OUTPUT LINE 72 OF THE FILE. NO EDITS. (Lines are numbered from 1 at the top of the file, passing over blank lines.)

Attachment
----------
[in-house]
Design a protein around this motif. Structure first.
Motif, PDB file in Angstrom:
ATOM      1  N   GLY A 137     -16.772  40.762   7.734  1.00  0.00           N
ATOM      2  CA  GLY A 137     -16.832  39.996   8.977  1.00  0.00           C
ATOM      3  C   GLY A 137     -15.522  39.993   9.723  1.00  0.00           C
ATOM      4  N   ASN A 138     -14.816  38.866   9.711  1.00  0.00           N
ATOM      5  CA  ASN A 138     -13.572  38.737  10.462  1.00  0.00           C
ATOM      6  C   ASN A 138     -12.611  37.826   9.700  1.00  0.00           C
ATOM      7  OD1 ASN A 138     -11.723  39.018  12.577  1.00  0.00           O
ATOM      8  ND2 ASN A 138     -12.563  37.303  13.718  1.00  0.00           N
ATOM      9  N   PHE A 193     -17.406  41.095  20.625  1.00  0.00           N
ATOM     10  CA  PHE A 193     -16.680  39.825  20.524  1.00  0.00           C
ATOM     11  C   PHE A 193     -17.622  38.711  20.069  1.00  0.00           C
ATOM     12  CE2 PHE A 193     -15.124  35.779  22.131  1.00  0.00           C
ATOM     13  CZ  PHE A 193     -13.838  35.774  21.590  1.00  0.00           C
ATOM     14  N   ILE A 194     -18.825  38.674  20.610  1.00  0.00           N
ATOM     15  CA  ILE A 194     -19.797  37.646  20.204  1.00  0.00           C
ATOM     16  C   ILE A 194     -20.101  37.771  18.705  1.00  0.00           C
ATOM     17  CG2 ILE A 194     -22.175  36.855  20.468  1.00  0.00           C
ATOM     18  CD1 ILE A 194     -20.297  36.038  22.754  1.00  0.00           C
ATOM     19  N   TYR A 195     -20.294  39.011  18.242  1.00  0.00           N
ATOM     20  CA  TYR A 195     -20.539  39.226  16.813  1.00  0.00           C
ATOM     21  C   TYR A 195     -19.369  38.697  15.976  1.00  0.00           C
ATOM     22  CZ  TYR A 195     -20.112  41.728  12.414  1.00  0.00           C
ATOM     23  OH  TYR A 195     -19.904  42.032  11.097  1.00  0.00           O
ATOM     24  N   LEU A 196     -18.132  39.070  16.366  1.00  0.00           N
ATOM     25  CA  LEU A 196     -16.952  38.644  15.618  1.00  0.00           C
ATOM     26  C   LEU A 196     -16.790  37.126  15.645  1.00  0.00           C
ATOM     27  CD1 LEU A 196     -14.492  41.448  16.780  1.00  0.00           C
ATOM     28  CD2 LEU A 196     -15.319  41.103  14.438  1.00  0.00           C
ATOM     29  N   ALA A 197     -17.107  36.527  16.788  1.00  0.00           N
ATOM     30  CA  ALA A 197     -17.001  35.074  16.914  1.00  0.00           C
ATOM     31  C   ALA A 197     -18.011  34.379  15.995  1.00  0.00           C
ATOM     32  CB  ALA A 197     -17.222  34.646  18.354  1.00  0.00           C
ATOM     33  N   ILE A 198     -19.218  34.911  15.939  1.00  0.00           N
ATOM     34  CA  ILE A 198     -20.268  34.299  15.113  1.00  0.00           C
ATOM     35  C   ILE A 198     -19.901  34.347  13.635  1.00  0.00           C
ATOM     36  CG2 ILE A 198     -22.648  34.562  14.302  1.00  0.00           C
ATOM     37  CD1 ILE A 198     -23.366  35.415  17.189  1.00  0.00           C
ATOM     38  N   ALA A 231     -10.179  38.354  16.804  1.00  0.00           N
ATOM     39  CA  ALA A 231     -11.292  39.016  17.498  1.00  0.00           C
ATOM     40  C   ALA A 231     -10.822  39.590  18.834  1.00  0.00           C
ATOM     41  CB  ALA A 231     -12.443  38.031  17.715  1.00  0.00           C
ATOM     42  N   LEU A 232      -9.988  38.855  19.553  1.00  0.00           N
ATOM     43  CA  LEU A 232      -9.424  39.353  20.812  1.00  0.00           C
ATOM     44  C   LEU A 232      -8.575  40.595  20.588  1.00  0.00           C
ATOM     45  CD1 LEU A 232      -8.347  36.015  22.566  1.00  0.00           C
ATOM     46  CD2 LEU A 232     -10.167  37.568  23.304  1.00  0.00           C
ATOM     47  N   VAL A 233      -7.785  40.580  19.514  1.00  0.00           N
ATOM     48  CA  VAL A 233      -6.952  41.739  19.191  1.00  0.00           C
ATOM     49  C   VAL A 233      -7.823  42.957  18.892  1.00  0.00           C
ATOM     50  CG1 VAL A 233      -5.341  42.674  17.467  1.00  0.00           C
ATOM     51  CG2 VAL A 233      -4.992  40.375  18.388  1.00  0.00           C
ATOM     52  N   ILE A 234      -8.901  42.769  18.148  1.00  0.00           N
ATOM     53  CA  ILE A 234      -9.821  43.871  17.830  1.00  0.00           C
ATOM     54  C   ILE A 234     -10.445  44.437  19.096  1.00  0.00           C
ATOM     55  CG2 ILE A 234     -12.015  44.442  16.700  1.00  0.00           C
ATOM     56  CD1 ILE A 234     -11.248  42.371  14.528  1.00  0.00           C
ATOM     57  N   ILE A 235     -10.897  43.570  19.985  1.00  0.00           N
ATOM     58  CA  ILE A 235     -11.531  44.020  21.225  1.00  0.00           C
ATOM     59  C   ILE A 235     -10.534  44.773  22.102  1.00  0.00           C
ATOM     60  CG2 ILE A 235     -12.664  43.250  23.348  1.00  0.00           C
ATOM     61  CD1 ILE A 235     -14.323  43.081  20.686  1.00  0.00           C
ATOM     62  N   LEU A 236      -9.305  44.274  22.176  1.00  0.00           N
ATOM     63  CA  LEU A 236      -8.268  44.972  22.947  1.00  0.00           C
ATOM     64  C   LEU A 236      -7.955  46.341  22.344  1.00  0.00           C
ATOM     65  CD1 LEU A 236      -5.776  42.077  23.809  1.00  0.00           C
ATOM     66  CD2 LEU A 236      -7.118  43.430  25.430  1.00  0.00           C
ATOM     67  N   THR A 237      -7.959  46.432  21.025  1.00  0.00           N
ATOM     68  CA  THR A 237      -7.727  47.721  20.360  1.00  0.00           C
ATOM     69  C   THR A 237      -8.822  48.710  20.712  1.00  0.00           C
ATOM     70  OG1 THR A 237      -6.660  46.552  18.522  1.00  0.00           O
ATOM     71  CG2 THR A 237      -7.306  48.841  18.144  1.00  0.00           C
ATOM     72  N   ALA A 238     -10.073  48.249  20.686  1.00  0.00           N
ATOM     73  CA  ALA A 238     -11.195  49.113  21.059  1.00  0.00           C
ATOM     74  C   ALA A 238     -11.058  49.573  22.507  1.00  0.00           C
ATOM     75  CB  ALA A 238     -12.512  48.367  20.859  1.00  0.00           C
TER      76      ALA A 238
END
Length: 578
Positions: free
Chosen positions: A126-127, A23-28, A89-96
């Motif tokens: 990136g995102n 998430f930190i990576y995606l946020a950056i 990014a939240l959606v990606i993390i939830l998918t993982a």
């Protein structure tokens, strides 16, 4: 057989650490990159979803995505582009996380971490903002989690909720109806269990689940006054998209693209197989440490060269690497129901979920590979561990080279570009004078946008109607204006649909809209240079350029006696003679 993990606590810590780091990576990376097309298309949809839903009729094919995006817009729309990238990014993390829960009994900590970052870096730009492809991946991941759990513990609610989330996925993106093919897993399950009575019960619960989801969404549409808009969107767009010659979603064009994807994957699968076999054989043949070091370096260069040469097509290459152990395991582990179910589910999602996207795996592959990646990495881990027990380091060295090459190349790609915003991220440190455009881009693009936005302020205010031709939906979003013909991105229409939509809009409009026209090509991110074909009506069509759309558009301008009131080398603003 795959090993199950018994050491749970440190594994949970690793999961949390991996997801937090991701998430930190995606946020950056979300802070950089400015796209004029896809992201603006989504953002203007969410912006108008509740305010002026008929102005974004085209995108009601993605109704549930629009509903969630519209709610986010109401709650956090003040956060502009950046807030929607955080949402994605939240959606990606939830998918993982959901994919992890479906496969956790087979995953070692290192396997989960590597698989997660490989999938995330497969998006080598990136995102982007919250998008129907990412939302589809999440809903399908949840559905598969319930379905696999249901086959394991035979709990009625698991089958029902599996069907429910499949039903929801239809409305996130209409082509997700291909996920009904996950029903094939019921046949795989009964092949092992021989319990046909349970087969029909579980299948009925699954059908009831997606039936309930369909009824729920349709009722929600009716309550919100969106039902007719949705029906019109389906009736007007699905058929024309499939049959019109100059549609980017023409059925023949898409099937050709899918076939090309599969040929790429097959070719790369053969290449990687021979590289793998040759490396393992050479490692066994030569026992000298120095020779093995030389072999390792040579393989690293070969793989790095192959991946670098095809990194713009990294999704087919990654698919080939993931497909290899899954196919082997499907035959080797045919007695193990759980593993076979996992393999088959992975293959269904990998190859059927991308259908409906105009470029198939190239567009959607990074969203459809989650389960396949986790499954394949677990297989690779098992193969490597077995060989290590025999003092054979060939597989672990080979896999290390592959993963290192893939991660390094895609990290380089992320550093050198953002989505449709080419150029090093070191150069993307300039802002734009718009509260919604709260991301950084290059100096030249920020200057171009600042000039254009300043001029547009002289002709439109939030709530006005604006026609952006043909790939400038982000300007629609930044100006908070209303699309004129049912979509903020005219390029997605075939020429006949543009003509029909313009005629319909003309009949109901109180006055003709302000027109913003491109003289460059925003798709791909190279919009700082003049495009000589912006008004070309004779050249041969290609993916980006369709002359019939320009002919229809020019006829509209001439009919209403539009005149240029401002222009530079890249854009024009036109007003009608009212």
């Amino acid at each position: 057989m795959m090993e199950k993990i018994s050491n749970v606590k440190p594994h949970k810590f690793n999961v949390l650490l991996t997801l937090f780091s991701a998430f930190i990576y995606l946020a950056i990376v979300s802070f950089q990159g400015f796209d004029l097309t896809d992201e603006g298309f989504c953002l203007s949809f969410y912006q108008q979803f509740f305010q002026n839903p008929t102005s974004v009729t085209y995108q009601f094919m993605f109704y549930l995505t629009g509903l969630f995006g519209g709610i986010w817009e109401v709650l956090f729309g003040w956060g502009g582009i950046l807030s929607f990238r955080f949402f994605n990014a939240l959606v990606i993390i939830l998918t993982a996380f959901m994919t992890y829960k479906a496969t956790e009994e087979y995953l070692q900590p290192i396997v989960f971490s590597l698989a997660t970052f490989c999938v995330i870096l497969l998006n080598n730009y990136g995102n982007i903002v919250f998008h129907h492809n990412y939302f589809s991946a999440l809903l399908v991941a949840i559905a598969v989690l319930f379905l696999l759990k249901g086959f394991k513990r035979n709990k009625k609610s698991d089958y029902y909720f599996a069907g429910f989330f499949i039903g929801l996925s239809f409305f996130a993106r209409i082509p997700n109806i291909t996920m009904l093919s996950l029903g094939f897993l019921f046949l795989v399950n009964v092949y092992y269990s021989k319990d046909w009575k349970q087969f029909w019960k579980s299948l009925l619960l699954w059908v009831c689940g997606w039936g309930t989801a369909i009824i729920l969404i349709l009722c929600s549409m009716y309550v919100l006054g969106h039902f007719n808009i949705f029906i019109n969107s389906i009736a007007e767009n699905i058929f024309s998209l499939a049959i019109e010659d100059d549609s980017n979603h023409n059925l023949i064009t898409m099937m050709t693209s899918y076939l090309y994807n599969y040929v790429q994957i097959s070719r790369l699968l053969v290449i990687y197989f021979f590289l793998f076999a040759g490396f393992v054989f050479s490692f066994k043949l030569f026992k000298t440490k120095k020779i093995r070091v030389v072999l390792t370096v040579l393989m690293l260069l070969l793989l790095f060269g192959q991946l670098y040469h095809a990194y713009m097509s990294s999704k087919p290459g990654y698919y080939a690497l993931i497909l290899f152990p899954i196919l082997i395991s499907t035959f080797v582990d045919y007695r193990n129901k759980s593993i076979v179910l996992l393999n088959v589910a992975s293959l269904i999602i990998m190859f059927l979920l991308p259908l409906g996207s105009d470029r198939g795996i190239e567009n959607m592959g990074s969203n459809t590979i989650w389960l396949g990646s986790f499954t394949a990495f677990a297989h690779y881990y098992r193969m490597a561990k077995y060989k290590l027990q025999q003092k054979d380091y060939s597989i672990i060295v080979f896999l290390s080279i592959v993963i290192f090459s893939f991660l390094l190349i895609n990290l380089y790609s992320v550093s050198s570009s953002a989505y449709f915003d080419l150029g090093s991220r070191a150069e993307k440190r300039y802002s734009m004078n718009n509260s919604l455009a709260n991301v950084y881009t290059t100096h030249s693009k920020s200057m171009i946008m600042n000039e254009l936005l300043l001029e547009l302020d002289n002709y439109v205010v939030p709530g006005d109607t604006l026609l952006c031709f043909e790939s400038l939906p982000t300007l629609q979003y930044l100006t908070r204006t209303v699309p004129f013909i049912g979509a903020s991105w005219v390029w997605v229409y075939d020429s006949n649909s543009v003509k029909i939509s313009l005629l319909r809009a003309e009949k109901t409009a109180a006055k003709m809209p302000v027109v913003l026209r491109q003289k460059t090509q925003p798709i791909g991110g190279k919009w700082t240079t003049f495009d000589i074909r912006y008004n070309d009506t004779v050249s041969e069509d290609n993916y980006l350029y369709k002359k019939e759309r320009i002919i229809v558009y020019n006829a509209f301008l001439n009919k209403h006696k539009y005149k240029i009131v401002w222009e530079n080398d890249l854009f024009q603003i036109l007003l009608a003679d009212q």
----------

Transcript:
ATOM     69  C   THR A 237      -8.822  48.710  20.712  1.00  0.00           C